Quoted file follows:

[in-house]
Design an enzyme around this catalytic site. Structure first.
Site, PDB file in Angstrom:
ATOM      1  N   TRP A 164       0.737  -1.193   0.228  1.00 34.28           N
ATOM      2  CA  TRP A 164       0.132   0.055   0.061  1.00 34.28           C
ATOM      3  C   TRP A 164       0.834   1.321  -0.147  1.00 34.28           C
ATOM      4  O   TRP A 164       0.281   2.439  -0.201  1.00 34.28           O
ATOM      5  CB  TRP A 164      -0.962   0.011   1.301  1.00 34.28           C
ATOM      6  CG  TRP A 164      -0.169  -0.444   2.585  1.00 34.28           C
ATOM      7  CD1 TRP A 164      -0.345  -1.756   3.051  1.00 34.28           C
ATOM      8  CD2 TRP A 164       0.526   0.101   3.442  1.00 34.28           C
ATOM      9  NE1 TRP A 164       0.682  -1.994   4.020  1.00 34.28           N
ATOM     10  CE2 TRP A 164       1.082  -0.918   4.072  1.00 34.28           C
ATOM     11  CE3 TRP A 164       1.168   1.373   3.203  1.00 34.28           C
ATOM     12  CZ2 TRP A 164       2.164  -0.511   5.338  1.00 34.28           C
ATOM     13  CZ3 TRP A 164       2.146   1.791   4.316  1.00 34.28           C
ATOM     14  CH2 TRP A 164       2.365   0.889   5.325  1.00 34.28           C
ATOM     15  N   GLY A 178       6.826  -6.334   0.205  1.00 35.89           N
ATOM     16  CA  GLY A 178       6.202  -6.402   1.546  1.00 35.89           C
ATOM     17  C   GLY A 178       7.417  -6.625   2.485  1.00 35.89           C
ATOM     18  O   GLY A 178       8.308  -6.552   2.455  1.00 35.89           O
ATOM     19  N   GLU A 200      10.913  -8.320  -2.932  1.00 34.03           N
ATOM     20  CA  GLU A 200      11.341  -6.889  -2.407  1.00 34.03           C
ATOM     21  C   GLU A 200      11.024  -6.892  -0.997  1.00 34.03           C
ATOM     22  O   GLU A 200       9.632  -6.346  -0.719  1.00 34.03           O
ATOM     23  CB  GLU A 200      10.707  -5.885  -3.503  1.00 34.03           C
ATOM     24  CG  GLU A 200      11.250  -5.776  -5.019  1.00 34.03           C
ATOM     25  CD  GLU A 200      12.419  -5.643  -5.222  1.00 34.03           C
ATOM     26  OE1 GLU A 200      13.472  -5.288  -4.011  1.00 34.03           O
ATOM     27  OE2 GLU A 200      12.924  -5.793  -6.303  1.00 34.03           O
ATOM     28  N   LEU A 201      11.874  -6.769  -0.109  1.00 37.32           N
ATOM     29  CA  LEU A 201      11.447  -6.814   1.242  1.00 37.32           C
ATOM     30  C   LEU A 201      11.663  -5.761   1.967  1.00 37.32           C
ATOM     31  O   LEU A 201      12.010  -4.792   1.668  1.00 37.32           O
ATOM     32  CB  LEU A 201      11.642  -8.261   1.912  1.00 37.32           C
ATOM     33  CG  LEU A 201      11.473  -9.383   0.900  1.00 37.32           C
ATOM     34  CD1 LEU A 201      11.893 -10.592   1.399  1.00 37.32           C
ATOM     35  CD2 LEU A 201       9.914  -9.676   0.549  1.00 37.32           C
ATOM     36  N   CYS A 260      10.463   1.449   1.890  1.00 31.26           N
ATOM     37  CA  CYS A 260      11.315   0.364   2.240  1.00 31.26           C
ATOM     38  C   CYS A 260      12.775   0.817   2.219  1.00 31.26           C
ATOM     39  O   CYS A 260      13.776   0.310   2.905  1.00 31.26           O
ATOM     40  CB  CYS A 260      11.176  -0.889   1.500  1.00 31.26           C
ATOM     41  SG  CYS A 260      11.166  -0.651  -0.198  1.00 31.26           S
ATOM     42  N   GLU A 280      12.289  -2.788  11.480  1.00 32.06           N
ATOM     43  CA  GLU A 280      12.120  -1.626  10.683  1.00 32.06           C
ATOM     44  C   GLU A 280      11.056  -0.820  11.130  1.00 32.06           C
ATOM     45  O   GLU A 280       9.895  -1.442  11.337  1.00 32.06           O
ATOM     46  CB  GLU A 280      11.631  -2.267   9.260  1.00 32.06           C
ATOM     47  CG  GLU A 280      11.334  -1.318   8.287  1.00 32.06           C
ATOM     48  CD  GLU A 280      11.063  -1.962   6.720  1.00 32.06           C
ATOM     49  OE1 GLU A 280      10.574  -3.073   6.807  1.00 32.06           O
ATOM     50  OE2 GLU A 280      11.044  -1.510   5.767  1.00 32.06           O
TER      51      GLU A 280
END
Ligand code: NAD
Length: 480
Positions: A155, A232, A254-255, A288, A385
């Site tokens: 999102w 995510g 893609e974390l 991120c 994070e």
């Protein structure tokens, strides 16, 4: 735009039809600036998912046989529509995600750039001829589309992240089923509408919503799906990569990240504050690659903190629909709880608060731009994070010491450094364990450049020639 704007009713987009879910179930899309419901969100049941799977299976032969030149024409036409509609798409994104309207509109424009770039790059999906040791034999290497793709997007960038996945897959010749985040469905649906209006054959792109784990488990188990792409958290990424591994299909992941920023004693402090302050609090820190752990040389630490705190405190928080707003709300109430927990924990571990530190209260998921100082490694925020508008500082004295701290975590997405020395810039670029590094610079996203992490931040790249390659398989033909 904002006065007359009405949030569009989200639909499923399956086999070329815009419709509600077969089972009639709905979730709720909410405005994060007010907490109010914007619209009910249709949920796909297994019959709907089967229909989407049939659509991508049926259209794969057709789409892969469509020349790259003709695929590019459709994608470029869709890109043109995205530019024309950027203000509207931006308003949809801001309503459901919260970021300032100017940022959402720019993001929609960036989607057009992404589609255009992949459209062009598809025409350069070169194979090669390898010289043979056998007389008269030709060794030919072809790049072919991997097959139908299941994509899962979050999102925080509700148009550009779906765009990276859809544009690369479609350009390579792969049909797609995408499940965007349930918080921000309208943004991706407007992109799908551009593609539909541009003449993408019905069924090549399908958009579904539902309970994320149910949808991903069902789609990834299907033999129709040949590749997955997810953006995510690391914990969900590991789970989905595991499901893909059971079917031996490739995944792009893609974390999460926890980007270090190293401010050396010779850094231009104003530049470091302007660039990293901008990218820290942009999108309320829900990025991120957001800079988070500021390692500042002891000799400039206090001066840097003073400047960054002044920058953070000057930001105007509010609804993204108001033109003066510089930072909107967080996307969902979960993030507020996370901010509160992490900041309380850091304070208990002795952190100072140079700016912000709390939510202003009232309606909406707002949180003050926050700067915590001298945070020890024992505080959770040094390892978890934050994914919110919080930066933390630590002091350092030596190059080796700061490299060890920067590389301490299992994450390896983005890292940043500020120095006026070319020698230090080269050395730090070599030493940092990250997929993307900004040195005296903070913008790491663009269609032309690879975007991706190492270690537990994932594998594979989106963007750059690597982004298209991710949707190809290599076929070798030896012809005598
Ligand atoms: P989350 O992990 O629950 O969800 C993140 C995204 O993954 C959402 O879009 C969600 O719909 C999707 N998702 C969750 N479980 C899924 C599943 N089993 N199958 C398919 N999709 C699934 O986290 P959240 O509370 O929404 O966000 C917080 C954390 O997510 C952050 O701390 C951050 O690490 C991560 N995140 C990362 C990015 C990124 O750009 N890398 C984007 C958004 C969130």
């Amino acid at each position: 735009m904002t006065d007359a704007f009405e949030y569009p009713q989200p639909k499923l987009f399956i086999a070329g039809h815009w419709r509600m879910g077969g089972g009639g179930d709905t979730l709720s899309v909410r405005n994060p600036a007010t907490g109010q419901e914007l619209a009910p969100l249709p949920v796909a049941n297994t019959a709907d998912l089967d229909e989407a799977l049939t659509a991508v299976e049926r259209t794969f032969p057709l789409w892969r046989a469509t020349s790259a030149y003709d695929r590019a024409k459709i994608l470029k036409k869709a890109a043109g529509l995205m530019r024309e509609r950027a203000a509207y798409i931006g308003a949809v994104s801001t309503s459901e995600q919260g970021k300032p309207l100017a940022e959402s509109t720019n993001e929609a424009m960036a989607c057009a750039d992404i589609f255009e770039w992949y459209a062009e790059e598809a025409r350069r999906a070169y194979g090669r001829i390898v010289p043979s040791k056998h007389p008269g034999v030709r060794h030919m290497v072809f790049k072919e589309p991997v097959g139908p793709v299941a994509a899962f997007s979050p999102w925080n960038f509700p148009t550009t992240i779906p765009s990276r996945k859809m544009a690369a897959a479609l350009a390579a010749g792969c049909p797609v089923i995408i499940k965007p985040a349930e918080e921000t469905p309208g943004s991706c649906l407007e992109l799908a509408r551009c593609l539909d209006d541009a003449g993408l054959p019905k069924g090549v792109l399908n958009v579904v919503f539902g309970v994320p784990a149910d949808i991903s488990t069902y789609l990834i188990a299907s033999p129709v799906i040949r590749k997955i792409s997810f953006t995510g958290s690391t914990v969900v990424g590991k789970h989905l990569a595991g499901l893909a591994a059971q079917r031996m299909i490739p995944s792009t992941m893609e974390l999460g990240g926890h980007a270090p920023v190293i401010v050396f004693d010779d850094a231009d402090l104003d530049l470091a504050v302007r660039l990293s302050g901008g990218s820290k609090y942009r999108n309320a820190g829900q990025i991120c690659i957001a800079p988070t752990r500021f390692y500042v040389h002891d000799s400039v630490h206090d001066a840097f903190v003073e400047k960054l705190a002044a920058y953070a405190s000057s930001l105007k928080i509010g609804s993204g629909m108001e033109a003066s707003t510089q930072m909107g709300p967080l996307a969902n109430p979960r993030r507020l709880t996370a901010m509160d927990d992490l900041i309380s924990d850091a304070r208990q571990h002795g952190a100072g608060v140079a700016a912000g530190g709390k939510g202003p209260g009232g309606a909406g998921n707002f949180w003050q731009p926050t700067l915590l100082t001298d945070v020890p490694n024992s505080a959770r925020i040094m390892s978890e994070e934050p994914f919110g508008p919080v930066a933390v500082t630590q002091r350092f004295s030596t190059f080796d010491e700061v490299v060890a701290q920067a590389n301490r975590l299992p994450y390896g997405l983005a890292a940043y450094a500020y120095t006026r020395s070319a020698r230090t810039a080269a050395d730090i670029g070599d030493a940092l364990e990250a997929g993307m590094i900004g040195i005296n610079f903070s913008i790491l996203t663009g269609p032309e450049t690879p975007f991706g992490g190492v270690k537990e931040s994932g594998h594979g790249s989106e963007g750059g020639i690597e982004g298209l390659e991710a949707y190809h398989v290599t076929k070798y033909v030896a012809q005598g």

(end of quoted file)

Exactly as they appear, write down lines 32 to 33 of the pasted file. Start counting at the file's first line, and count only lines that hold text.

ATOM     29  CA  LEU A 201      11.447  -6.814   1.242  1.00 37.32           C
ATOM     30  C   LEU A 201      11.663  -5.761   1.967  1.00 37.32           C